As an example, Moby-Dick’s opening line, “Call me Ishmael,” is considered a memorable beginning. However, if a reader never heard of the book, the line is meaningless. It is famous only because of what followed.

After reading a story, I have no clue what the first line said. I remember more the middle and end rather than the beginning. I think a story can recover from an okay beginning, but not a so-so middle and ending.

Catchy beginnings are pushed more in the commercial industry who largely do not care if the story falls apart soon after it starts. The reader has already been caught in a purchase. As for readers, some give up on a book if the beginning drags on. They worry too soon that it may foretell the rest of the story.

In a book about writing I read that, if a writer thinks a device of words is necessary to insure the story is read, the story is better not to be written at all.

I write the beginning of a story without thinking about a catchy anything. I think the start of a story should be with the expectation that a buildup with an end is coming. The start should be done in a natural way with the development of the story.

Not long after I write the beginning of a story, I write the ending. It gives me something to aim for, even if I probably change the ending when I get there. Probably the beginning, too.

I just make sure the beginning and end connect with the middle, which is enough for a story.

It takes time to create

In my attempt at being a published short story writer, I try to spend more time being creative and less time finding a home for my stories. Finding a magazine to send my short stories to can take a lot of time.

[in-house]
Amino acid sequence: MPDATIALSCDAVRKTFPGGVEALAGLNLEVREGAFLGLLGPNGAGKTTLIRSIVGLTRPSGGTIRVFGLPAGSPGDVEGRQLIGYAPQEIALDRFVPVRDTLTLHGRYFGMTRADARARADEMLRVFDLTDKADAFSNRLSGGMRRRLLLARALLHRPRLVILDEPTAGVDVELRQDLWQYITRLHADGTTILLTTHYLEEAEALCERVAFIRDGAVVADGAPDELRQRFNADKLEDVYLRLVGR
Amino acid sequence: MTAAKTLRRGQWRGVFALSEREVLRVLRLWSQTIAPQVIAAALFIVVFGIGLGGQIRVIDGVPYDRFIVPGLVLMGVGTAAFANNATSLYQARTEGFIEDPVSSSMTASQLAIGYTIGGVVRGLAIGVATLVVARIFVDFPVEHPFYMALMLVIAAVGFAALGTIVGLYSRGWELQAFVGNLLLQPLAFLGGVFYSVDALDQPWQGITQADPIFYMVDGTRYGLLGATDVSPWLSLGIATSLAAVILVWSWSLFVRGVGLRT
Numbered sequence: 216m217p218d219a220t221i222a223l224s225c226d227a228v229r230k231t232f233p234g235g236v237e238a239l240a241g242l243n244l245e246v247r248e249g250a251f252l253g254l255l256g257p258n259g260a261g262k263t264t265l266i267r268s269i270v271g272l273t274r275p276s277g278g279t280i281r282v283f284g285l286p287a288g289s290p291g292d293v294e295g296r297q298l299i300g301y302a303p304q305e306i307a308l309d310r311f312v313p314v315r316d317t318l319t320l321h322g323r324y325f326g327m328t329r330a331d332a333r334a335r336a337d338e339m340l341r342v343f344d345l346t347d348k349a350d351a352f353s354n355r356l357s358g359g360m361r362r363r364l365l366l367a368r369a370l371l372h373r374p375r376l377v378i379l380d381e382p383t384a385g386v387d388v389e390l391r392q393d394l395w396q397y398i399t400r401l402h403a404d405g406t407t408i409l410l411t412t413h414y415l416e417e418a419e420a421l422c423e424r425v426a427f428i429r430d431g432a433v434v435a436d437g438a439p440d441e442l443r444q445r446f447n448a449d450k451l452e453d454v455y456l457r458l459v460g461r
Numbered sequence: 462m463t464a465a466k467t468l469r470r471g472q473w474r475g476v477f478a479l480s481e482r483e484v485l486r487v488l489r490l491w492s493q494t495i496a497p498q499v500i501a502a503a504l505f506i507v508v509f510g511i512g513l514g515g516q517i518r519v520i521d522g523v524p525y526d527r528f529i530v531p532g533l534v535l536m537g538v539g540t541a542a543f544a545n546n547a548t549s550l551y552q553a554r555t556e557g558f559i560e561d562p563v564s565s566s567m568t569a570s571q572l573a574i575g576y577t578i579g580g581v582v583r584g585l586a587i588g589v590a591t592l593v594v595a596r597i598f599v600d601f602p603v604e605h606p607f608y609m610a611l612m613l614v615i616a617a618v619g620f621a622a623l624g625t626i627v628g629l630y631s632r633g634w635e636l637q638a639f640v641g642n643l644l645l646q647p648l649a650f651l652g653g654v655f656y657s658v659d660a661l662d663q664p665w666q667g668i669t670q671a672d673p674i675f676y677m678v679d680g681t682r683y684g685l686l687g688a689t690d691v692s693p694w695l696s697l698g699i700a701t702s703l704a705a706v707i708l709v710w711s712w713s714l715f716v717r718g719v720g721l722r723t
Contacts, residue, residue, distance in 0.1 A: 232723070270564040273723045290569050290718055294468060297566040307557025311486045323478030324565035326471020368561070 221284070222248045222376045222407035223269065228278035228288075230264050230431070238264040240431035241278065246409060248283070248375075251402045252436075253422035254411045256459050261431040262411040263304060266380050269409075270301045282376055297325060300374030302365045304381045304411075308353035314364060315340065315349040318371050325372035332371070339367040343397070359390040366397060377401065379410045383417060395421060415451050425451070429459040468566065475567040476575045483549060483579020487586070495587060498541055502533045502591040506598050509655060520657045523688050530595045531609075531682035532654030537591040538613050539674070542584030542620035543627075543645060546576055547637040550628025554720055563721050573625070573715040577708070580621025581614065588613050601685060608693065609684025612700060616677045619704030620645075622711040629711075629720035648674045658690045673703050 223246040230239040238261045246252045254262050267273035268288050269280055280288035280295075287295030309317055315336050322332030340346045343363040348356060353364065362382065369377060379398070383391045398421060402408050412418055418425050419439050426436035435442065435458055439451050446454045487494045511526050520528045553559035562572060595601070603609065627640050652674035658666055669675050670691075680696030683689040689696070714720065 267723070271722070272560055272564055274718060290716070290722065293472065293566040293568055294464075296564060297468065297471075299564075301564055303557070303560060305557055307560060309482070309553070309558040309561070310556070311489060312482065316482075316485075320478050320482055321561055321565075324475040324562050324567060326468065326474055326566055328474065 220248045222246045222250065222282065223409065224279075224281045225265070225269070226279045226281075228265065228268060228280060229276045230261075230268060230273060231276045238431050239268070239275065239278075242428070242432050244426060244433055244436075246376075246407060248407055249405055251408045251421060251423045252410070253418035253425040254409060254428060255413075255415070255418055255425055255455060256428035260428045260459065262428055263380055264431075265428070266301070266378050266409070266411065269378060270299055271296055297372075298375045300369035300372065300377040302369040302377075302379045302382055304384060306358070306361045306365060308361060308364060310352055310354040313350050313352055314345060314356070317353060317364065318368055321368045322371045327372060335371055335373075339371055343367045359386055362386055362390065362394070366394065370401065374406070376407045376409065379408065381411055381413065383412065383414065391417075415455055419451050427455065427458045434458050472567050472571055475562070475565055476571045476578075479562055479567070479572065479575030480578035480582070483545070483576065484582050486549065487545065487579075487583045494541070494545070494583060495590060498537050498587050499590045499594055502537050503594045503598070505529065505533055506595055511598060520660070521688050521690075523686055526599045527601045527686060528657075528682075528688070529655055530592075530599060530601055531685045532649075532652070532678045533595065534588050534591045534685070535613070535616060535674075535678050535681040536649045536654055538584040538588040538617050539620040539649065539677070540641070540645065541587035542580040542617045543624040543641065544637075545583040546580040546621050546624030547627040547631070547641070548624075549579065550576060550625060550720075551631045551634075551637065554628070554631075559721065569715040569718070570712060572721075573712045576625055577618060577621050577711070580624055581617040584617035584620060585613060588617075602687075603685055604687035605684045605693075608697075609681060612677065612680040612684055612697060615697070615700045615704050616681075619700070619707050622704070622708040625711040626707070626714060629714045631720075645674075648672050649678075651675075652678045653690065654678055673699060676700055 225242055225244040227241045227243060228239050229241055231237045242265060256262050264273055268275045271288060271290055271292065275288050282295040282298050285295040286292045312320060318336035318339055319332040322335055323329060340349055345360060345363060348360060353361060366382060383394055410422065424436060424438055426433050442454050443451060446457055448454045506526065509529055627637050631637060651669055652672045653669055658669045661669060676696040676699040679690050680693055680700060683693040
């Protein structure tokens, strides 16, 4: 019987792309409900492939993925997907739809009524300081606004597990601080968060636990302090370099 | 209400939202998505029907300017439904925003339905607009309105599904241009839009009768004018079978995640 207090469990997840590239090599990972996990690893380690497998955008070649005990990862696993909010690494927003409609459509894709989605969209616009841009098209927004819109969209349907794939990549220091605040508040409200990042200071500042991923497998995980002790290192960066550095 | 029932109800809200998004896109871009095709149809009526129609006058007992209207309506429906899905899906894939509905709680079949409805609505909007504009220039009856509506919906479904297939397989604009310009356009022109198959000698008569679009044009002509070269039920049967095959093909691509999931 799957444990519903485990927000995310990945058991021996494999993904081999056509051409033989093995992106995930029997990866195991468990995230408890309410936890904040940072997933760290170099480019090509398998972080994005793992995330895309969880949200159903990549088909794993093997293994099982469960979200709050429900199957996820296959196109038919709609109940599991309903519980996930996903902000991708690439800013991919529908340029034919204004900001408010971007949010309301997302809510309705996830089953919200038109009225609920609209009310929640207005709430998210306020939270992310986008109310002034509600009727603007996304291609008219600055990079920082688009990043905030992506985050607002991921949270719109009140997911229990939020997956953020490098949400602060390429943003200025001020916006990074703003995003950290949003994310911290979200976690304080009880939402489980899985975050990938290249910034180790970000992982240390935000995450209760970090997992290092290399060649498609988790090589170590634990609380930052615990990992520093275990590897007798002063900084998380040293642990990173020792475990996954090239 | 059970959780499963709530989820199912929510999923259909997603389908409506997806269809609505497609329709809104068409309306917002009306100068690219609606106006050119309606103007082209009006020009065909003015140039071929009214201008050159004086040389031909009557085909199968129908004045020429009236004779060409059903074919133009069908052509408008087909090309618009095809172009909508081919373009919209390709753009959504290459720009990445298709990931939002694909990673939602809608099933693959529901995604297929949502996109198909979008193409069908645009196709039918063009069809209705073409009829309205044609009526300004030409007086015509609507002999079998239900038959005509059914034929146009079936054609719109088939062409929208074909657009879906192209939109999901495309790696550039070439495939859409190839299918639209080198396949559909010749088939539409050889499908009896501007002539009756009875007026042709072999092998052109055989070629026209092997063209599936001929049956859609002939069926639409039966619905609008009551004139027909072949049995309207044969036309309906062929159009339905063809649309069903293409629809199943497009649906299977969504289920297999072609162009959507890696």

Over the years, I used sources such as Duotrope (costs to subscribe, but worth it), Poets and Writers Literary Magazines database (free, but please subscribe to their great magazine), and the annual Writers Digest Novel & Short Story Writer’s Market. Using these sources saves time from randomly searching the internet.

I also use a spreadsheet I created with over 250 magazines who publish stories similar to what I write (see the blog post “Keeping Track of Things). The spreadsheet doubles as a way to keep track of the stories I send out.

After I narrow down my search to a few magazines, I go to the magazine’s website for more information.

I read what the magazine has published, the editors’ biographies, their mission statements, and submission requirements. One of the most important items is meeting the word count. I stay at least 500 words below their maximum number of words because shorter is generally better.

When I finally pick a magazine, I follow the submission process exactly. I don’t want my story rejected because of a technicality. And, the most important part of the process is spelling the editor’s name correctly.

What this is all about is the expense of time. Writing and getting published are about many things, including writing a good story. Having enough time to do this creativity and finding someone to like what is written is important.